“Through our GRAMMY Awards campaign, we’ve created an opportunity for our brand, our partners and consumers to come together over shared values, to participate during a moment when we can celebrate our passion for music and our commitment to make meaningful investments to preserve the environment,” says Rustom Dastoor, Executive Vice President of Marketing and Communications, North America at Mastercard.

The campaign kicked off with an inspired self-guided multi-sensory tour at the GRAMMY House presented by Mastercard, where people journeyed through their passion of music and educational experience about Mastercard’s longstanding commitment to tree restoration. Then, this year’s most-nominated GRAMMY artist and a passionate voice for the environment, SZA, led the charge with the debut performance of her new song, Saturn.

Mastercard’s partners are also joining the mission by encouraging people all over the country to participate; Lyft and Sirius XM are both offering ways for consumers to get involved in the Priceless Planet Coalition. To learn more about how you can support these efforts, visit mastercard.com/forceofnature.

While fashion is always a highlight of any GRAMMY Awards event, SZA’s outfit worn during her performance of Saturn was designed to make a statement; made of tree seeds to help spread awareness. Fans can even comment ‘🌱’ and tag a friend on Mastercard’s designated post of SZA’s GRAMMY House performance for a chance to win a tree seed from the performance outfit*.

“SZA has a personal passion for sustainability – not just in forest restoration but in the clothes she wears and the platforms and partners she aligns herself with. It was important to us to partner with someone who is not only showing up big at the GRAMMY Awards – as the most GRAMMY-nominated artist this year – but also showing up big for the environment,” says Dastoor.

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Kampus Production/Canva

How often do you change your sheets?

If you were to ask a random group of people, "How often do you wash your sheets?" you'd likely get drastically different answers. There are the "Every single Sunday without fail" folks, the "Who on Earth washes their sheets weekly?!?" people and everyone in between.

According to a survey of 1,000 Americans conducted by Mattress Advisor, the average time between sheet changings or washings in the U.S. is 24 days—or every 3 1/2 weeks, approximately. The same survey revealed that 35 days is the average interval at which unwashed sheets are "gross."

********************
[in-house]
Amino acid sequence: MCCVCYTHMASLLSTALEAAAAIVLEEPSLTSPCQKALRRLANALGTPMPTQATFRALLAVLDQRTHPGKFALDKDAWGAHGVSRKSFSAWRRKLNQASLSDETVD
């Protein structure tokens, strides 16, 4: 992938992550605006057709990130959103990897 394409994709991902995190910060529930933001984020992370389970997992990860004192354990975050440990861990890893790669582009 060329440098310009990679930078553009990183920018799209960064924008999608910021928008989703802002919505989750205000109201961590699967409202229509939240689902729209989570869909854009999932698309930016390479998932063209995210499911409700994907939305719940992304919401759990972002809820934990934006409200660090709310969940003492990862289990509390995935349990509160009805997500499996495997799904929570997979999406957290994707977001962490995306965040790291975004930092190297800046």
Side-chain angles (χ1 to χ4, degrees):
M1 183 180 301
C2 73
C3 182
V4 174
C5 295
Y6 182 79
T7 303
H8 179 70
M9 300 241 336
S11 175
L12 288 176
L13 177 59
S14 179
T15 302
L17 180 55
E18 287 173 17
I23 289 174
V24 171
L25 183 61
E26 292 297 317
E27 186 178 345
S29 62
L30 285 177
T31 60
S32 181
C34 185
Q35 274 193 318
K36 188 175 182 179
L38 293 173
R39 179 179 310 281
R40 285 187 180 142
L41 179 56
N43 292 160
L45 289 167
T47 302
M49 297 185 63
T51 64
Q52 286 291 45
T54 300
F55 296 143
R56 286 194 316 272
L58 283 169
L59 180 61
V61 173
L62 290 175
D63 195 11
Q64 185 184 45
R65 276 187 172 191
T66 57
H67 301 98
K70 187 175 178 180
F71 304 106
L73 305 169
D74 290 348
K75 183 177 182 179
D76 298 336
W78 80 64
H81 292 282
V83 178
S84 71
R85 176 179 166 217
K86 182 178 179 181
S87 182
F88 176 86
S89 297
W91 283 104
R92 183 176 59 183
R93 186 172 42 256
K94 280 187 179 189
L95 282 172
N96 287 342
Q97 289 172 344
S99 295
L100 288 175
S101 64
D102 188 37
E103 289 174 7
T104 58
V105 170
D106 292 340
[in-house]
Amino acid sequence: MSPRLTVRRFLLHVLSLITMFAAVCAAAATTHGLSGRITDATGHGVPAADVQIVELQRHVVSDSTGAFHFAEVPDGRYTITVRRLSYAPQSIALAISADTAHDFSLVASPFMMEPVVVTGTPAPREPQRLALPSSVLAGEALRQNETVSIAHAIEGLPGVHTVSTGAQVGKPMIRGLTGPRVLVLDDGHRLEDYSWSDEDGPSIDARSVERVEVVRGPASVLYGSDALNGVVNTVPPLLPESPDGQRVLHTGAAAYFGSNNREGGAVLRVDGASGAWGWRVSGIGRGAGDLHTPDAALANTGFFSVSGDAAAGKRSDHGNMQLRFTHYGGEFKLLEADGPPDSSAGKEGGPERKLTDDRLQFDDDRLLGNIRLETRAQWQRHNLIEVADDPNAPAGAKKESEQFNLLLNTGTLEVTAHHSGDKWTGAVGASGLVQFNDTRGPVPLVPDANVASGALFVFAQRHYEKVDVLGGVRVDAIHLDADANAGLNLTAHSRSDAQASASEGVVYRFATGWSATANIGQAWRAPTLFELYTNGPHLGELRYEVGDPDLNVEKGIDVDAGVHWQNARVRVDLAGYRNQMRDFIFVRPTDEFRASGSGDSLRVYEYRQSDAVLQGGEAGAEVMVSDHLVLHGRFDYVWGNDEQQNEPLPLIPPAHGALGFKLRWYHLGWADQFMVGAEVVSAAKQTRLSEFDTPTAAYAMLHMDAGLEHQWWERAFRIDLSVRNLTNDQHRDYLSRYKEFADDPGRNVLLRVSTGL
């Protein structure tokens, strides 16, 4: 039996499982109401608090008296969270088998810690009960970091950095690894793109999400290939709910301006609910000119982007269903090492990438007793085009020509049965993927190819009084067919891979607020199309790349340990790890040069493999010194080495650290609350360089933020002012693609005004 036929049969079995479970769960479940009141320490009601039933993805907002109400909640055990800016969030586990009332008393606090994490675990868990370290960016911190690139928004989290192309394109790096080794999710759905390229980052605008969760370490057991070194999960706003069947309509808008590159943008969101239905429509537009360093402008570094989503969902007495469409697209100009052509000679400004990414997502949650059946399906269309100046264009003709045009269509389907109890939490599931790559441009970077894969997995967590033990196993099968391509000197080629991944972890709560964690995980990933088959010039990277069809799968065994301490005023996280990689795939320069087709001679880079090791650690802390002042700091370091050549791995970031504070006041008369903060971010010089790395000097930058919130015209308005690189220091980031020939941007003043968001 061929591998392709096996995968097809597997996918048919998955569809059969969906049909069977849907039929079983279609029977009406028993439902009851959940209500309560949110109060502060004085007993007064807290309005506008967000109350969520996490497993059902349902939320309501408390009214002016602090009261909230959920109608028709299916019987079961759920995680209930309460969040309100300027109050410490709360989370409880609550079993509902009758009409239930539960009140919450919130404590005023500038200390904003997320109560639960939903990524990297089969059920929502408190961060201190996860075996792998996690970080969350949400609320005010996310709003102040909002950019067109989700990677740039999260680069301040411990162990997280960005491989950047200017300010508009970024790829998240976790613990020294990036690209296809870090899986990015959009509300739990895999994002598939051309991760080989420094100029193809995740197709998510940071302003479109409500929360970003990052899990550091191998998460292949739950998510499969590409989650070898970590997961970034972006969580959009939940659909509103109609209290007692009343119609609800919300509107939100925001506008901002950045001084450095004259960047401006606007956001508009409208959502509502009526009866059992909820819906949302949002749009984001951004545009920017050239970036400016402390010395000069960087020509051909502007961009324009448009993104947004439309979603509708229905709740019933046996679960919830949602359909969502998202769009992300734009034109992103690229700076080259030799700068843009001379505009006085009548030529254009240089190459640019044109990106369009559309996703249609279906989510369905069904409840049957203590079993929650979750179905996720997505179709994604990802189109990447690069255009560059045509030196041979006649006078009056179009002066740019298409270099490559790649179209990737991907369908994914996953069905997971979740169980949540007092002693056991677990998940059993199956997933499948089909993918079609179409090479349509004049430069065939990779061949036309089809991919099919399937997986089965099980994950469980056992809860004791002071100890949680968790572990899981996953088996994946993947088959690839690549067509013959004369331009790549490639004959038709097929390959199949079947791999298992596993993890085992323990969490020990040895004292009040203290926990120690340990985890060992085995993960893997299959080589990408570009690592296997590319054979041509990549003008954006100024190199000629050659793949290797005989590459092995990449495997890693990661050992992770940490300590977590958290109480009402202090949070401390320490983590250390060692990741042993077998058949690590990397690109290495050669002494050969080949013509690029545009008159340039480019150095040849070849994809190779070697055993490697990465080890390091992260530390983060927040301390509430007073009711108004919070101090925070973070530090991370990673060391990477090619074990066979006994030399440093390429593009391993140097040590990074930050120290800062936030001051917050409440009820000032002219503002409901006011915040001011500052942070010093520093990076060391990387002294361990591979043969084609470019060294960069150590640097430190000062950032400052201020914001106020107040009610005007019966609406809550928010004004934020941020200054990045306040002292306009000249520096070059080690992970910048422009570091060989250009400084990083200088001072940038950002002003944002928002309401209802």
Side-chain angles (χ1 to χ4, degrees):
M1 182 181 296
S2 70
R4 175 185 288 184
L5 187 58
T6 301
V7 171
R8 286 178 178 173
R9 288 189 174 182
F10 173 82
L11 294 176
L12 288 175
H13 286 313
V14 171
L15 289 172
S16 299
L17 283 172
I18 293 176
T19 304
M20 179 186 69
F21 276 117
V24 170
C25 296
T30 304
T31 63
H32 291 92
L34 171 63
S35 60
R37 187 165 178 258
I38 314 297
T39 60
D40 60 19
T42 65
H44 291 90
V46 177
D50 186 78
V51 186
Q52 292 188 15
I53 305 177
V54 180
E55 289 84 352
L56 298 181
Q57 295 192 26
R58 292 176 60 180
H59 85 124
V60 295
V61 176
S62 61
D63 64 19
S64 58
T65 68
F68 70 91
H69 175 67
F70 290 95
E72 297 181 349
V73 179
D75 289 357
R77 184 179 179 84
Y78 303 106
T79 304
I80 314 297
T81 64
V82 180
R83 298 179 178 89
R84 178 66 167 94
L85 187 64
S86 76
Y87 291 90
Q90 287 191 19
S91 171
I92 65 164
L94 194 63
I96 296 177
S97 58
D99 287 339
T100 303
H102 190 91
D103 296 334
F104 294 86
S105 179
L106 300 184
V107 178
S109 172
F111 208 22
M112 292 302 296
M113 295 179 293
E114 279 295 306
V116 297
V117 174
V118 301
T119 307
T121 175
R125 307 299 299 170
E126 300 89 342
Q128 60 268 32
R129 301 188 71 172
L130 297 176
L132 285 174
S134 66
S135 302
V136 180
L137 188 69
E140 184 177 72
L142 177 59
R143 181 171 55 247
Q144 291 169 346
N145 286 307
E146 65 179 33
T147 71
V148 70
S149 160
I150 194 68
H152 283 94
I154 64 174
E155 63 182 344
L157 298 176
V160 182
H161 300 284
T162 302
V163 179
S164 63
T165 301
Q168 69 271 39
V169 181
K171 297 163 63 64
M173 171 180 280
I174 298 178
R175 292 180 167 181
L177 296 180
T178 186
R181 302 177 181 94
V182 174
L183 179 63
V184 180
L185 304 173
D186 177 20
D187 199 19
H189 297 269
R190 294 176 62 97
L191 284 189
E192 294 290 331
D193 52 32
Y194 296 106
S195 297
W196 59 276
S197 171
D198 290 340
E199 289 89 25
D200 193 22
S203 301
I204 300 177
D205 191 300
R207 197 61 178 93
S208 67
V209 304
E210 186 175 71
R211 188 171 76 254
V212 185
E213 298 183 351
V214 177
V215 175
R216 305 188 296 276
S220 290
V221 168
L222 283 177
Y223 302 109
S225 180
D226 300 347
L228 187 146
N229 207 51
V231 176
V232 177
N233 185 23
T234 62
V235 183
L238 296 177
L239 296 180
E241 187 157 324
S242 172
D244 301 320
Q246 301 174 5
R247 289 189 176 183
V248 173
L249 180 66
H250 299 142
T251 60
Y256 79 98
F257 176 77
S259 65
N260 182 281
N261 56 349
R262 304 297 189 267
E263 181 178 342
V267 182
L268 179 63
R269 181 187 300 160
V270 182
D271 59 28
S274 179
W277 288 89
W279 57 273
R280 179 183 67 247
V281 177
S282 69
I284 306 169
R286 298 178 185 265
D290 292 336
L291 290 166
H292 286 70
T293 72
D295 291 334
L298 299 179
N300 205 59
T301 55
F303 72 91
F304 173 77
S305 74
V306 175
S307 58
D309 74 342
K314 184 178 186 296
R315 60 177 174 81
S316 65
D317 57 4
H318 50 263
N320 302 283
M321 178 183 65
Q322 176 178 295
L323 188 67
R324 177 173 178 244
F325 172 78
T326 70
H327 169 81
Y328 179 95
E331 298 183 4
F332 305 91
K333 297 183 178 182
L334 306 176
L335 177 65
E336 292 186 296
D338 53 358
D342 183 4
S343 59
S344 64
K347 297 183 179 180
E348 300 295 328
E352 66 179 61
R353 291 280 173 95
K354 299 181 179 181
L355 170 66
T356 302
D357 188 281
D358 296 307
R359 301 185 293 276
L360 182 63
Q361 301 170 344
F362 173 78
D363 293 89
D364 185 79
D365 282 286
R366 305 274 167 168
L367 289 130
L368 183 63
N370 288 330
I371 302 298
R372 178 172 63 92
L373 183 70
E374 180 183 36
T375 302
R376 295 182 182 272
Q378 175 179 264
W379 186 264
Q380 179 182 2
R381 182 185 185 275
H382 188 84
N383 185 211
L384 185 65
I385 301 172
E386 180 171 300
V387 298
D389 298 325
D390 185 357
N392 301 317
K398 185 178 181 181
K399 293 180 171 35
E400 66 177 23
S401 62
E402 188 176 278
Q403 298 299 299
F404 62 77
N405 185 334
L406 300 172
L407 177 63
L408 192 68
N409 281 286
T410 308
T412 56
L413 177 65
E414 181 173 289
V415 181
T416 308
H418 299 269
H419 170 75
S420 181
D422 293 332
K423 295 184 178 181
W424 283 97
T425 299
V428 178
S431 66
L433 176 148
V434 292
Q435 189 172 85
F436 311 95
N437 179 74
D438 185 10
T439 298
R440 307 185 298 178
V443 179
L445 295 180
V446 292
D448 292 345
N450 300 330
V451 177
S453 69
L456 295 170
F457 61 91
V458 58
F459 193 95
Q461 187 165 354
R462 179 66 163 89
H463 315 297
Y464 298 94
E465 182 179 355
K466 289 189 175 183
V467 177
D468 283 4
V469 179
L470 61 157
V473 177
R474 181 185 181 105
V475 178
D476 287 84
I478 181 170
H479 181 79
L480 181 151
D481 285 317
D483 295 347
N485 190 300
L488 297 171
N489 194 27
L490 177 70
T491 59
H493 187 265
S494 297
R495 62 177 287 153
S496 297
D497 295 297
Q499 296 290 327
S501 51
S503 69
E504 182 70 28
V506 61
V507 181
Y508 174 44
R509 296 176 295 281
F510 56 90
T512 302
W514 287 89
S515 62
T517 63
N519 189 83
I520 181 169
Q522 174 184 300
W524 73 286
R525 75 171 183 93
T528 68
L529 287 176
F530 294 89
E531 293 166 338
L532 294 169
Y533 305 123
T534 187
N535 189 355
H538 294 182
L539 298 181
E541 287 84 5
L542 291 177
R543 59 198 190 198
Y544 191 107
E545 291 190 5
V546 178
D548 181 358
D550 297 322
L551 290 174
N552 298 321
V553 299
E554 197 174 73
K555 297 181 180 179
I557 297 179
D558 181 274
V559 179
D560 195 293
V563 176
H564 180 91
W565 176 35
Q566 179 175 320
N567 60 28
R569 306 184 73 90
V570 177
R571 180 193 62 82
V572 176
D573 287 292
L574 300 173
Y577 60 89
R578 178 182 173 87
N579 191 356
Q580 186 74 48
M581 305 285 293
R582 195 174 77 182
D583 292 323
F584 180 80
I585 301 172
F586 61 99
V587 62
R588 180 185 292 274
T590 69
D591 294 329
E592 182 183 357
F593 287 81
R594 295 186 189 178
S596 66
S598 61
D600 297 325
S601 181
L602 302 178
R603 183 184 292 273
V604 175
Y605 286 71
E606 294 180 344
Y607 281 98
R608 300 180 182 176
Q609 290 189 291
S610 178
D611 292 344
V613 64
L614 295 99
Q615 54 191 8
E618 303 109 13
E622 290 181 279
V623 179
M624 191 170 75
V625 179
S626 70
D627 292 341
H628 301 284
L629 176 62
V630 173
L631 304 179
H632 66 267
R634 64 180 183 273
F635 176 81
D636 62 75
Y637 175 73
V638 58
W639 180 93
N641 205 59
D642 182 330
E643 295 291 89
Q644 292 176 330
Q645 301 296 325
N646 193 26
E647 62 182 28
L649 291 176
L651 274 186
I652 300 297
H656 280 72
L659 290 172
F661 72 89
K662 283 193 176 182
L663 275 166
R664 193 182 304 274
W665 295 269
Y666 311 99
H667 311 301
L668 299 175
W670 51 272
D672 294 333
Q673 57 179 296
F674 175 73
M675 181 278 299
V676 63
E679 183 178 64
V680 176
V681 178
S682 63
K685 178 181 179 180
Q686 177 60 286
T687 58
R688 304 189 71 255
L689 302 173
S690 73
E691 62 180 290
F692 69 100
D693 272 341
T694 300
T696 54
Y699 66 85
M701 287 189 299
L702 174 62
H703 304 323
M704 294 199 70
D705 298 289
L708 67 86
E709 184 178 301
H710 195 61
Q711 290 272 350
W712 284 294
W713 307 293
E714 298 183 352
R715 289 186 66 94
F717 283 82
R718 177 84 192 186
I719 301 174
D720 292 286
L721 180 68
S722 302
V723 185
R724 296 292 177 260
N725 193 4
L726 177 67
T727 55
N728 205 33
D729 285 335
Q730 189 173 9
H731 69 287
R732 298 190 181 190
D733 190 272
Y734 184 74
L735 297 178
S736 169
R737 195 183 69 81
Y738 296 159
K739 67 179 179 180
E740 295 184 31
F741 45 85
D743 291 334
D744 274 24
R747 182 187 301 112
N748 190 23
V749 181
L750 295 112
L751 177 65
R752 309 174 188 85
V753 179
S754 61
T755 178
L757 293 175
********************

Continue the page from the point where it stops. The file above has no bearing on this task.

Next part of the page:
Some of you are cringing at those stats while others are thinking, "That sounds about right." But how often should you wash your sheets, according to experts?

Hint: It's a lot more frequent than 24 days.

While there is no definitive number of days or weeks, most experts recommend swapping out used sheets for clean ones every week or two.

Dermatologist Alok Vij, MD told Cleveland Clinic that people should wash their sheets at least every two weeks, but probably more often if you have pets, live in a hot climate, sweat a lot, are recovering from illness, have allergies or asthma or if you sleep naked.

We shed dead skin all the time, and friction helps those dead skin cells slough off, so imagine what's happening every time you roll over and your skin rubs on the sheets. It's normal to sweat in your sleep, too, so that's also getting on your sheets. And then there's dander and dust mites and dirt that we carry around on us just from living in the world, all combining to make for pretty dirty sheets in a fairly short period of time, even if they look "clean."

Maybe if you shower before bed and always wear clean pajamas you could get by with a two-week sheet swap cycle, but weekly sheet cleaning seems to be the general consensus among the experts. The New York Times consulted five books about laundry and cleaning habits, and once a week was what they all recommend.

Sorry, once-a-monthers. You may want to step up your sheet game a bit.

What about the rest of your bedding? Blankets and comforters and whatnot?

Sleep.com recommends washing your duvet cover once a week, but this depends on whether you use a top sheet. Somewhere between the Gen X and Millennial eras, young folks stopped being about the top sheet life, just using their duvet with no top sheet. If that's you, wash that baby once a week. If you do use a top sheet, you can go a couple weeks longer on the duvet cover.

For blankets and comforters and duvet inserts, Sleep.com says every 3 months. And for decorative blankets and quilts that you don't really use, once a year washing will suffice.